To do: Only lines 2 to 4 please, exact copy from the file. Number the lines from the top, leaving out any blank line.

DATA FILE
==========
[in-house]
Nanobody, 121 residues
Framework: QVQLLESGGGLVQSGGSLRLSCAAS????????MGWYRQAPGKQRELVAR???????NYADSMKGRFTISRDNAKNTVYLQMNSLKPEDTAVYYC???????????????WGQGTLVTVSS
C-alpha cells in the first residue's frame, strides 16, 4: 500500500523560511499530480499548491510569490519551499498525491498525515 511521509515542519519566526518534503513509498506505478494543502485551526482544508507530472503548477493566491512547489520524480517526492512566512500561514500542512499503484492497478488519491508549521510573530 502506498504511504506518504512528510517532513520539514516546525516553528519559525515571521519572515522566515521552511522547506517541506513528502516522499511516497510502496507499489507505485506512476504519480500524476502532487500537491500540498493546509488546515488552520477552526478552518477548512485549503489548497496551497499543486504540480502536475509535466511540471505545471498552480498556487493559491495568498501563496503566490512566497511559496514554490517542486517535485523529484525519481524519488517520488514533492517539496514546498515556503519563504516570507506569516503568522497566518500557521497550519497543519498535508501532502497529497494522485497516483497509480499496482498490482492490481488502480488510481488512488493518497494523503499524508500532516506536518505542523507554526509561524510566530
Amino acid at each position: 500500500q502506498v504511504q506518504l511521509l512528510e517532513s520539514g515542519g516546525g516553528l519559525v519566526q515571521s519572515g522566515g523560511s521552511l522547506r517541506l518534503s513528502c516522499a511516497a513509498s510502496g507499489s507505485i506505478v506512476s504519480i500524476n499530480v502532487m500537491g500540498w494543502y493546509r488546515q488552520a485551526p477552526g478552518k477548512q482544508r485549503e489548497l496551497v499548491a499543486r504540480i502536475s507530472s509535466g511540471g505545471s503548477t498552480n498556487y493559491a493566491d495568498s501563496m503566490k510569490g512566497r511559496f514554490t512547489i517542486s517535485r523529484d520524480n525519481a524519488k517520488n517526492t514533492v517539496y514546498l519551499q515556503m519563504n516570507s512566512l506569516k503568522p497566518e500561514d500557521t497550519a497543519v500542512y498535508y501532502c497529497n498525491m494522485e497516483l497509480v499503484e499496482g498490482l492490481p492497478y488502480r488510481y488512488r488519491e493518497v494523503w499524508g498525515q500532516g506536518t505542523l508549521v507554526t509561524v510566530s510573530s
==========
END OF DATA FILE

Nanobody, 121 residues
Framework: QVQLLESGGGLVQSGGSLRLSCAAS????????MGWYRQAPGKQRELVAR???????NYADSMKGRFTISRDNAKNTVYLQMNSLKPEDTAVYYC???????????????WGQGTLVTVSS
C-alpha cells in the first residue's frame, strides 16, 4: 500500500523560511499530480499548491510569490519551499498525491498525515 511521509515542519519566526518534503513509498506505478494543502485551526482544508507530472503548477493566491512547489520524480517526492512566512500561514500542512499503484492497478488519491508549521510573530 502506498504511504506518504512528510517532513520539514516546525516553528519559525515571521519572515522566515521552511522547506517541506513528502516522499511516497510502496507499489507505485506512476504519480500524476502532487500537491500540498493546509488546515488552520477552526478552518477548512485549503489548497496551497499543486504540480502536475509535466511540471505545471498552480498556487493559491495568498501563496503566490512566497511559496514554490517542486517535485523529484525519481524519488517520488514533492517539496514546498515556503519563504516570507506569516503568522497566518500557521497550519497543519498535508501532502497529497494522485497516483497509480499496482498490482492490481488502480488510481488512488493518497494523503499524508500532516506536518505542523507554526509561524510566530